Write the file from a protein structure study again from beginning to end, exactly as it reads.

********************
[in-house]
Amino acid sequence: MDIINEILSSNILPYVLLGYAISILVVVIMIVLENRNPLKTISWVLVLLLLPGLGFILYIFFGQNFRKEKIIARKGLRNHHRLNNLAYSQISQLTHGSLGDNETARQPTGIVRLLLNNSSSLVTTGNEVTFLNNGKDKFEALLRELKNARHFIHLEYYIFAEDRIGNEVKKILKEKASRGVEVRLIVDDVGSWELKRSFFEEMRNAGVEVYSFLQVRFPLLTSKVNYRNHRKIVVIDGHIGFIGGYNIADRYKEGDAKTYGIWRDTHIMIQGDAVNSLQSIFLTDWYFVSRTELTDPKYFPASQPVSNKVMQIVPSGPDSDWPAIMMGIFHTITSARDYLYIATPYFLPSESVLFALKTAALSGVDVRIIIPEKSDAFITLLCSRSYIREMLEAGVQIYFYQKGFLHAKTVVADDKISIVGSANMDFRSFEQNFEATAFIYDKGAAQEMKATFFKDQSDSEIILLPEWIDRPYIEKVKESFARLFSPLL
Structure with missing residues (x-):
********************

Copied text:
[in-house]
Amino acid sequence: MDIINEILSSNILPYVLLGYAISILVVVIMIVLENRNPLKTISWVLVLLLLPGLGFILYIFFGQNFRKEKIIARKGLRNHHRLNNLAYSQISQLTHGSLGDNETARQPTGIVRLLLNNSSSLVTTGNEVTFLNNGKDKFEALLRELKNARHFIHLEYYIFAEDRIGNEVKKILKEKASRGVEVRLIVDDVGSWELKRSFFEEMRNAGVEVYSFLQVRFPLLTSKVNYRNHRKIVVIDGHIGFIGGYNIADRYKEGDAKTYGIWRDTHIMIQGDAVNSLQSIFLTDWYFVSRTELTDPKYFPASQPVSNKVMQIVPSGPDSDWPAIMMGIFHTITSARDYLYIATPYFLPSESVLFALKTAALSGVDVRIIIPEKSDAFITLLCSRSYIREMLEAGVQIYFYQKGFLHAKTVVADDKISIVGSANMDFRSFEQNFEATAFIYDKGAAQEMKATFFKDQSDSEIILLPEWIDRPYIEKVKESFARLFSPLL
Structure with missing residues (x-):